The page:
Chinese rocket builders are considering the possibility of creating a fully reusable version of the Long March 9 superheavy rocket. This is stated in the presentation published by Long Lehao, the chief designer of the Long March series of rockets.
Evolution of the Long March 9 rocket
Last year, the Chinese government approved plans to create a super-heavy rocket Long March 9. It is planned to use it for manned missions to the Moon, the assembly of various space structures, as well as flights into deep space.
The original concept of Long March 9 assumed the creation of a classic three-stage carrier equipped with engines powered by oxygen-kerosene (at the first stage) and oxygen-hydrogen (second and third stages). Additionally, up to four side boosters could be installed on the rocket. It was assumed that in its most powerful configuration, it would be able to launch up to 140 tons of payload into low Earth orbit (LEO), 50 tons on a flight path to the Moon and up to 44 tons to Mars.
Last year, an updated version of the Long March 9 design was published. It lost its side boosters, and its first stage became reusable. But, apparently, this is not the last metamorphosis of the carrier. In his recent presentation, Long Lehao presented a third, fully reusable version of the rocket, which is clearly inspired by the Starship project.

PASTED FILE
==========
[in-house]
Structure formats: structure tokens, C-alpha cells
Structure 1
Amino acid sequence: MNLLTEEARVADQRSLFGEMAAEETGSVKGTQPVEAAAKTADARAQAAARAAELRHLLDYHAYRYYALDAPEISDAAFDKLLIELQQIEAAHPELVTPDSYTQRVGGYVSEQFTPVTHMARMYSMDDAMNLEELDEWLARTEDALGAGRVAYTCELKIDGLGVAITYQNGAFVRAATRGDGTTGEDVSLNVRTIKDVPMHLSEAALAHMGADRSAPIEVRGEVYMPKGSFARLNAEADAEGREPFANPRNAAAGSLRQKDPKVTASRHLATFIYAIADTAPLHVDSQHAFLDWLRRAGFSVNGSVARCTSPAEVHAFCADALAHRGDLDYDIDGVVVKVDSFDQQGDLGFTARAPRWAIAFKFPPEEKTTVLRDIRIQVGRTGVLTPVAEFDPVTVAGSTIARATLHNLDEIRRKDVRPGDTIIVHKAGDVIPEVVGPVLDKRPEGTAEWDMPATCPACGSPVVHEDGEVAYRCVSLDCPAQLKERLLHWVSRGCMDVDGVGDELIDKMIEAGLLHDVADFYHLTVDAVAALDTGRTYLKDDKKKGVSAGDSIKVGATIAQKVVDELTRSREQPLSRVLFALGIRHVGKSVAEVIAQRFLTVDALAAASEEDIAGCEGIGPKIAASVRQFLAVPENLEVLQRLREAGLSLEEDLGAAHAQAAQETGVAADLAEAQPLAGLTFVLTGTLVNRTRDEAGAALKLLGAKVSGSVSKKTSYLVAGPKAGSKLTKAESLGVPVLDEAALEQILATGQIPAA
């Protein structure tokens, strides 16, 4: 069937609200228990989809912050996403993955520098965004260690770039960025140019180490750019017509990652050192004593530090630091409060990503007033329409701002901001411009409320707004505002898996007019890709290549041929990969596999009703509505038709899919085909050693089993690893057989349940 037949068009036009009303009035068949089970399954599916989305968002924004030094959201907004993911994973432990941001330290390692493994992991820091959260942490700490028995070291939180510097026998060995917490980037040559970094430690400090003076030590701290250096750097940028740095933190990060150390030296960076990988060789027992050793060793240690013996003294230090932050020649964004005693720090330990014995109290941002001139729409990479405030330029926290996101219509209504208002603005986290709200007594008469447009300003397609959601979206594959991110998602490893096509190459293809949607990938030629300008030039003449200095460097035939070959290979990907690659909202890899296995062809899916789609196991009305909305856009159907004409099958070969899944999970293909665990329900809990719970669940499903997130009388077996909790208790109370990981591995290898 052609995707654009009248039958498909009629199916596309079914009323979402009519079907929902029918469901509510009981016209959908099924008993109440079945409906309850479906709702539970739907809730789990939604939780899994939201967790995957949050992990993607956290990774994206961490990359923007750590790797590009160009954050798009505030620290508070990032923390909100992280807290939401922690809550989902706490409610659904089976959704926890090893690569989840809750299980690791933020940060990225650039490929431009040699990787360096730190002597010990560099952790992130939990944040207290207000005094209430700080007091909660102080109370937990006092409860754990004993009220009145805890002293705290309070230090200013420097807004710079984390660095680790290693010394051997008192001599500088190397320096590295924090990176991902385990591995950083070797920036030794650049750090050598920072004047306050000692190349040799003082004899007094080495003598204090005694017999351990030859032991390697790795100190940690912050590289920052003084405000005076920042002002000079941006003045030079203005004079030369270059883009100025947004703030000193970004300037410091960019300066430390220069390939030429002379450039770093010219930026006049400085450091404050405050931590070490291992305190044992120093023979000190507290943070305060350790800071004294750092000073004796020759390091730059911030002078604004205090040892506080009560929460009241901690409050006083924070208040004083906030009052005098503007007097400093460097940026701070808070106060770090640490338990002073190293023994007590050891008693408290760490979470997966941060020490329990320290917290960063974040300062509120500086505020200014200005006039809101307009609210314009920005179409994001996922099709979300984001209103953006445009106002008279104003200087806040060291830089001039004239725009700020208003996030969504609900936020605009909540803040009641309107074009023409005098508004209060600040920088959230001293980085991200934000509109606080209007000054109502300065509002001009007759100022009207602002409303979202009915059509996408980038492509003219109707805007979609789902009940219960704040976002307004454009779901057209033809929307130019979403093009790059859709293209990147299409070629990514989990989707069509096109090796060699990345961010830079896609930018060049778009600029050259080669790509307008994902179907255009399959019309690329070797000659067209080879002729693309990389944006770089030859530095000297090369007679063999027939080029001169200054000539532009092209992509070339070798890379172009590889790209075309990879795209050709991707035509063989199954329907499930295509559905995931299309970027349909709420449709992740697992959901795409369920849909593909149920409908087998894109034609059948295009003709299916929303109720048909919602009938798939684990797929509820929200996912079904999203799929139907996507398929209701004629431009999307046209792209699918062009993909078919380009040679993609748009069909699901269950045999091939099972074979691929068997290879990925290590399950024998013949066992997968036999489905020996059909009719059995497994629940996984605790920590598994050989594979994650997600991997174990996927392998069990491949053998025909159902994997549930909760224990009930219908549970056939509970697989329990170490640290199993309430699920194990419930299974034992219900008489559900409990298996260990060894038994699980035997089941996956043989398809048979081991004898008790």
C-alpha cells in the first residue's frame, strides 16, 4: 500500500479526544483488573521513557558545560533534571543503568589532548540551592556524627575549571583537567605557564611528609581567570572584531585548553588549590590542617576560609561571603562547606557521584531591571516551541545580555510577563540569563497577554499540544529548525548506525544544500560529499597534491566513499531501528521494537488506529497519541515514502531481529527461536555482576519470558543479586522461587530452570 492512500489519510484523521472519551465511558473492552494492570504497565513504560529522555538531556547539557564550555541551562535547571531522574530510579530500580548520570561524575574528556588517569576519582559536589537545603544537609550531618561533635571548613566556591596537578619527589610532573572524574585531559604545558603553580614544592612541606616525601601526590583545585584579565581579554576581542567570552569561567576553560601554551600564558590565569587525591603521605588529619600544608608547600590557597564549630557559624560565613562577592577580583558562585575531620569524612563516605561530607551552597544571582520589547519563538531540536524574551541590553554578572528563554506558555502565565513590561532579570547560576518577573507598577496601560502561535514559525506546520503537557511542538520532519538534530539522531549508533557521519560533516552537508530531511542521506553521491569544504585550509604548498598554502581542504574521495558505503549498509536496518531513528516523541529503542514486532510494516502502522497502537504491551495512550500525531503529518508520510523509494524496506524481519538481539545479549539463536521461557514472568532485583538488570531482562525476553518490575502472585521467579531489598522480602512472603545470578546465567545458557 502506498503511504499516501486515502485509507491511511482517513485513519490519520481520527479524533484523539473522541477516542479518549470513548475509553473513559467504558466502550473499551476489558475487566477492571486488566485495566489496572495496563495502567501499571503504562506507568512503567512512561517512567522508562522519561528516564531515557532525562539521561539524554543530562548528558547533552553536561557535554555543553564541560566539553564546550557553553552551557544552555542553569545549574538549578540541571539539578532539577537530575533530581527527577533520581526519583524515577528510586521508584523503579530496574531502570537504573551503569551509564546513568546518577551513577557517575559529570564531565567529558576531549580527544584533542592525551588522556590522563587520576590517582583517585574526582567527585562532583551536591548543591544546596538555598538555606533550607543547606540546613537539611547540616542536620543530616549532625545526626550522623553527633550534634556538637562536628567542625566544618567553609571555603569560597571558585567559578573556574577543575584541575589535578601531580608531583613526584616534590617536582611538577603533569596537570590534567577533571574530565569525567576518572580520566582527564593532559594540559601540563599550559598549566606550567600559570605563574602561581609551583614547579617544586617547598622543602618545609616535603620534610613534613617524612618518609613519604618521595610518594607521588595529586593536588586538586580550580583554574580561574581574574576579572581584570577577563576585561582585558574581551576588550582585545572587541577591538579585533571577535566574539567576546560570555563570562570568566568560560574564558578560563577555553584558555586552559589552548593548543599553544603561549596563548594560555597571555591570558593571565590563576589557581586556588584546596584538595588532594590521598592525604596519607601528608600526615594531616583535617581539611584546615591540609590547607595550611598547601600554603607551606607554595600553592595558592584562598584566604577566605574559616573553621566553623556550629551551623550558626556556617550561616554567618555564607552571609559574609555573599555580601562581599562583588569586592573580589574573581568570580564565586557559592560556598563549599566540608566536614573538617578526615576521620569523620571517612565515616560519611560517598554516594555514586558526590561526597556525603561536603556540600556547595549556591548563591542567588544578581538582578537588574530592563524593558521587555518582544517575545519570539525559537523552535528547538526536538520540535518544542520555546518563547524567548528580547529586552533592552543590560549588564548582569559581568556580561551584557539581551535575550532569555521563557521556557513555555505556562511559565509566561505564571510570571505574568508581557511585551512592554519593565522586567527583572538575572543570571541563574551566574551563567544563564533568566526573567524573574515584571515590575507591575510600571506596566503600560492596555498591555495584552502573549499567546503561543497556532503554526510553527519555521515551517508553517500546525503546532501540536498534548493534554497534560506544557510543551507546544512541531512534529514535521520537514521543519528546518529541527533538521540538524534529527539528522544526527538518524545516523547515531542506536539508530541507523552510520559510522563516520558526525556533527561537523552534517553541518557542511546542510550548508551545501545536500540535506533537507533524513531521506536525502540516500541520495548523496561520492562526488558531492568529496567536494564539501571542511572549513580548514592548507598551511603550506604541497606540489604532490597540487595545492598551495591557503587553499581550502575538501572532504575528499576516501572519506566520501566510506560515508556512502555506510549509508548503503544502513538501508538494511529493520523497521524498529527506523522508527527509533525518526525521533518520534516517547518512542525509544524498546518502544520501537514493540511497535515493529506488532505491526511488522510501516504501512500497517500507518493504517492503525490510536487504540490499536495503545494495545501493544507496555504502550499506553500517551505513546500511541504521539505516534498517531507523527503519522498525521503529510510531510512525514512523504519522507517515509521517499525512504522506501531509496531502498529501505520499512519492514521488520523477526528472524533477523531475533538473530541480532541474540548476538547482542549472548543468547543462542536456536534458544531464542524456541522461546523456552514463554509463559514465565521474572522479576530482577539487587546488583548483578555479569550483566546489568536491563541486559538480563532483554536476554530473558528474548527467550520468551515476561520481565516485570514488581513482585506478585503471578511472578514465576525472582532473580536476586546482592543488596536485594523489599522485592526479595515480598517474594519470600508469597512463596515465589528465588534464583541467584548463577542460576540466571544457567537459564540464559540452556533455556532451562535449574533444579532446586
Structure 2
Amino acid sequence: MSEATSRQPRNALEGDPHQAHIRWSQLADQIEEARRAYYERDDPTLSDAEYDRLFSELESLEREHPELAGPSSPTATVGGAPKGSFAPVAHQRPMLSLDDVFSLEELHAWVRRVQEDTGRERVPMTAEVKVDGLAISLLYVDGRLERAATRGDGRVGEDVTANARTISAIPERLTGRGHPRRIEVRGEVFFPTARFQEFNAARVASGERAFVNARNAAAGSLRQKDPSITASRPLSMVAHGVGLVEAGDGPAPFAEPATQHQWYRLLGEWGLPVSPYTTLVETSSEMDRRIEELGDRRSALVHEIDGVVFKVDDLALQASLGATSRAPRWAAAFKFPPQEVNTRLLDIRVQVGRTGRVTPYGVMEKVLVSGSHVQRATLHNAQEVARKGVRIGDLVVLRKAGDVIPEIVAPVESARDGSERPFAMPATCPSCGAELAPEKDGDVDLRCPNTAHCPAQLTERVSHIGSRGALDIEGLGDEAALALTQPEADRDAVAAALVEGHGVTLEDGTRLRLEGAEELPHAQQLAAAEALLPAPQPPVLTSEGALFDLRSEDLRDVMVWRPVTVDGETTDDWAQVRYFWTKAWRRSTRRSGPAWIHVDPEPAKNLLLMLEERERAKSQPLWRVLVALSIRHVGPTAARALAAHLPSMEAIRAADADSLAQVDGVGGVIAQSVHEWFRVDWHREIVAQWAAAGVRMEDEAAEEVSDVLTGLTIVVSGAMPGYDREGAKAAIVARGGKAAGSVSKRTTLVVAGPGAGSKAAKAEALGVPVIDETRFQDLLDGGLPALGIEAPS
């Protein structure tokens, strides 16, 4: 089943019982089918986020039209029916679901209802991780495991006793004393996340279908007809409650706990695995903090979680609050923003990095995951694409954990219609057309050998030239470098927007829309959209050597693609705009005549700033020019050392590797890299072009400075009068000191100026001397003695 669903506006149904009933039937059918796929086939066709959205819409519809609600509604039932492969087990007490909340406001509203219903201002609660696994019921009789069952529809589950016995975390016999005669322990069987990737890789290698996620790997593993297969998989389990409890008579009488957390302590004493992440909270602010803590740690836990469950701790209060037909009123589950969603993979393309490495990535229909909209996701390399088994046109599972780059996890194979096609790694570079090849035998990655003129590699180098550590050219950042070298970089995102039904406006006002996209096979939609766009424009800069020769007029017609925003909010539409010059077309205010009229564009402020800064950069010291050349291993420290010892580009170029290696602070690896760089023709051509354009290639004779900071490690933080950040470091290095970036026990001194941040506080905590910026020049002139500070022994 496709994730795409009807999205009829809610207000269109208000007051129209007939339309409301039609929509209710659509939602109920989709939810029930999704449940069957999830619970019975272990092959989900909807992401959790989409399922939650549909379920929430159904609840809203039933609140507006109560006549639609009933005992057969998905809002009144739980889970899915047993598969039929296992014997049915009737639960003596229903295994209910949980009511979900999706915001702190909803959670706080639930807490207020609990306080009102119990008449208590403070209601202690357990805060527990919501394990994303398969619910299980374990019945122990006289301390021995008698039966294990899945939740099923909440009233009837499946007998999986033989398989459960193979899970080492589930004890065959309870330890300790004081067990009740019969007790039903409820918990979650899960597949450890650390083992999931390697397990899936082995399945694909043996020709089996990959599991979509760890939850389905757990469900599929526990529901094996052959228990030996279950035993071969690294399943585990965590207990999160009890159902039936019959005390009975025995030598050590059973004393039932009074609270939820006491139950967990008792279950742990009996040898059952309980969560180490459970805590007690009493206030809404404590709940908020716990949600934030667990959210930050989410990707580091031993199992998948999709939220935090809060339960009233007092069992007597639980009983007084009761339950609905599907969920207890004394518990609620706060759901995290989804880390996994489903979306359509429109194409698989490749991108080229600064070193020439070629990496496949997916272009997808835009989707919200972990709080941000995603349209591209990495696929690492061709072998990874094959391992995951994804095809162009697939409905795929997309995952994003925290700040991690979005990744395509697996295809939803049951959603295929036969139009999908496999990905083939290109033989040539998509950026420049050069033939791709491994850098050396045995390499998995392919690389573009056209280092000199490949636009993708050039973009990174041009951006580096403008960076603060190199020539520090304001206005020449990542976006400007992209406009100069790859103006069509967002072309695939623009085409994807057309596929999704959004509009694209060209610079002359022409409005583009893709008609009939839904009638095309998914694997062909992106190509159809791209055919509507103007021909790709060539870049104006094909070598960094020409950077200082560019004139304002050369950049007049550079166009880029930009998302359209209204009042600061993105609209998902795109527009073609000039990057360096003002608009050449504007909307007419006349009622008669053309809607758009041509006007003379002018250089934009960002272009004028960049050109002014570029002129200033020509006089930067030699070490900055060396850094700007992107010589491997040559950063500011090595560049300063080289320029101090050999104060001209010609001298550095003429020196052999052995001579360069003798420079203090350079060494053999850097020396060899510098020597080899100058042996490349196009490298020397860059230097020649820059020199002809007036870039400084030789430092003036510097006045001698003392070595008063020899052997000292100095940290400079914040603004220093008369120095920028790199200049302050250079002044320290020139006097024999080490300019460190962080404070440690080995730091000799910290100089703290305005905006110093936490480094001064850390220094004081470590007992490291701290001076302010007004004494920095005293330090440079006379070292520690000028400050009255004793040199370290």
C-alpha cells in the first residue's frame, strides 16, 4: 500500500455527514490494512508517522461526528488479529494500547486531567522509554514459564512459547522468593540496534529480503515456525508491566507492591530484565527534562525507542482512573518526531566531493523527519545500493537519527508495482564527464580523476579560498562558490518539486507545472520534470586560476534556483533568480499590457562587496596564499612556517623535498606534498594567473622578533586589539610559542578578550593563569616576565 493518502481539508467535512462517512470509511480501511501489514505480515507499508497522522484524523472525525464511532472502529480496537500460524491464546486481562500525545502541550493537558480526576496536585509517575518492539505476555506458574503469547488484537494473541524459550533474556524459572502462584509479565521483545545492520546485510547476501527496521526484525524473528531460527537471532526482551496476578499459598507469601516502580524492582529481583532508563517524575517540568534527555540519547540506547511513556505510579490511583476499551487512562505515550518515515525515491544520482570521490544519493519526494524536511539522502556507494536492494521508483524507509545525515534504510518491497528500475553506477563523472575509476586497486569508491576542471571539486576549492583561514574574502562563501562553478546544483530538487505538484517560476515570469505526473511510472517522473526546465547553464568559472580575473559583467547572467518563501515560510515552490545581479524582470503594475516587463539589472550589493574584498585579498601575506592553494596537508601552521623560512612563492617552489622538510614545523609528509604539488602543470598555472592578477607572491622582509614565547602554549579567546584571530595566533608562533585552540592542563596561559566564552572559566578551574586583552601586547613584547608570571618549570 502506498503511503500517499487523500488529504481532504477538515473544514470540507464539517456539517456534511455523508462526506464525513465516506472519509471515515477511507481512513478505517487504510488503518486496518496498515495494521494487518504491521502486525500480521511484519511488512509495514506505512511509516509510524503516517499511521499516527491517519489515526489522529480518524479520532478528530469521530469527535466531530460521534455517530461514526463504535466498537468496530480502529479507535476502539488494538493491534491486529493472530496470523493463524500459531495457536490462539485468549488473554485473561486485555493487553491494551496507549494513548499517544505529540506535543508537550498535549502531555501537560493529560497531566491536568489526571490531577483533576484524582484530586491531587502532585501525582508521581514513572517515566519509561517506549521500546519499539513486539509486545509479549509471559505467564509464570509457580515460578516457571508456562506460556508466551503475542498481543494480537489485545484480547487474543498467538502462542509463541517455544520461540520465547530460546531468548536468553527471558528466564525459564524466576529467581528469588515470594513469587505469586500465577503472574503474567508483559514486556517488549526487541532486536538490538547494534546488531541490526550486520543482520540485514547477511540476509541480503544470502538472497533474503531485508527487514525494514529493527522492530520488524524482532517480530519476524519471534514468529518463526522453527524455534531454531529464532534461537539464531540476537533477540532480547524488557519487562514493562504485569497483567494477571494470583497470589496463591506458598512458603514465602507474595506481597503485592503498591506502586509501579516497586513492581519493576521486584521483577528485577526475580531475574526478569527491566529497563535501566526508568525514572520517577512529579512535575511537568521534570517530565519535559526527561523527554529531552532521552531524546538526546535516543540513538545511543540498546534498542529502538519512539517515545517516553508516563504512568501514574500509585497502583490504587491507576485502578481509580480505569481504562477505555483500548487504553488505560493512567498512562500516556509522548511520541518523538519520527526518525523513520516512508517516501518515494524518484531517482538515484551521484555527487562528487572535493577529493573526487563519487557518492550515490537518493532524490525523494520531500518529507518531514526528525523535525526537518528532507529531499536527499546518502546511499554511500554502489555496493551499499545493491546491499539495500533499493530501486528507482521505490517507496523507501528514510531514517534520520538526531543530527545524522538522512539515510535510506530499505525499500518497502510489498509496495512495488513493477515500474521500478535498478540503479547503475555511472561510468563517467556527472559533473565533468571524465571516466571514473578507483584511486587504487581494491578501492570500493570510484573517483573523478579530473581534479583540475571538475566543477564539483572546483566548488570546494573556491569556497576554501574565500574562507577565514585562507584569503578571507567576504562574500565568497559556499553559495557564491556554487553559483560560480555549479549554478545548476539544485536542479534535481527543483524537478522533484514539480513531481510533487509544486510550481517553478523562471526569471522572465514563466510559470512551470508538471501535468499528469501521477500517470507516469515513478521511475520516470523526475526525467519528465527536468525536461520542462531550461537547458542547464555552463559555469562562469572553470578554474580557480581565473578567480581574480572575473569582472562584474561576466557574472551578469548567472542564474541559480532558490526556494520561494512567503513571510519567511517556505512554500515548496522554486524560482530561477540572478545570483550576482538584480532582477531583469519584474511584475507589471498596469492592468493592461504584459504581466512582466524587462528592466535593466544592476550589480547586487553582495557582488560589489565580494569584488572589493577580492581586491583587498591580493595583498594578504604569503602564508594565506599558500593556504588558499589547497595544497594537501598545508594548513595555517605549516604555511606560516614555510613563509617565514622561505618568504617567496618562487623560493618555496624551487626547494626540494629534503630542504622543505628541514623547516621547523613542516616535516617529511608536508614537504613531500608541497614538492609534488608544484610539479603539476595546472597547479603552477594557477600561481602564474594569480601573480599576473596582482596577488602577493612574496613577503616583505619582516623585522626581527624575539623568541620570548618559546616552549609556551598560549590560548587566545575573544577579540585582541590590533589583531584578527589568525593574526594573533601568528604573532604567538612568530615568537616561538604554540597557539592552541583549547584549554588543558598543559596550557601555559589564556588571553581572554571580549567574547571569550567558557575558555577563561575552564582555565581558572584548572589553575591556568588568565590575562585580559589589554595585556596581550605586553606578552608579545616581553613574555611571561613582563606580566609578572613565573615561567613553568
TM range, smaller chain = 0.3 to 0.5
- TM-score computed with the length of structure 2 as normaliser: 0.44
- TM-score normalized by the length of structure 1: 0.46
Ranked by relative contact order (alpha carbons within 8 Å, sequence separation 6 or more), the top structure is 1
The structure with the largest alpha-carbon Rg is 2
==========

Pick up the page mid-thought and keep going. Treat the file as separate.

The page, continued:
Reusable version of Long March 9
The new version of the Long March 9 is a two-stage rocket. Another important difference from the original project is the use of engines powered by oxygen-methane steam. In total, the first stage will be equipped with 26 similar power units. The rocket will be able to carry up to 150 tons on the LEO and up to 50 tons on the flight path to the Moon. According to Long Lehao, Long March 9 will begin its first flights in 2035.
At the same time, it is worth noting that, apparently, the leaders of the Chinese space program have not yet made a final choice in favor of any of the Long March 9 design options. It is also known that they are considering the option of simultaneous production of both disposable and reusable versions of the carrier.
Earlier we talked about China’s plans to launch an asteroid deflection mission in 2026.
According to https://spacenews.com
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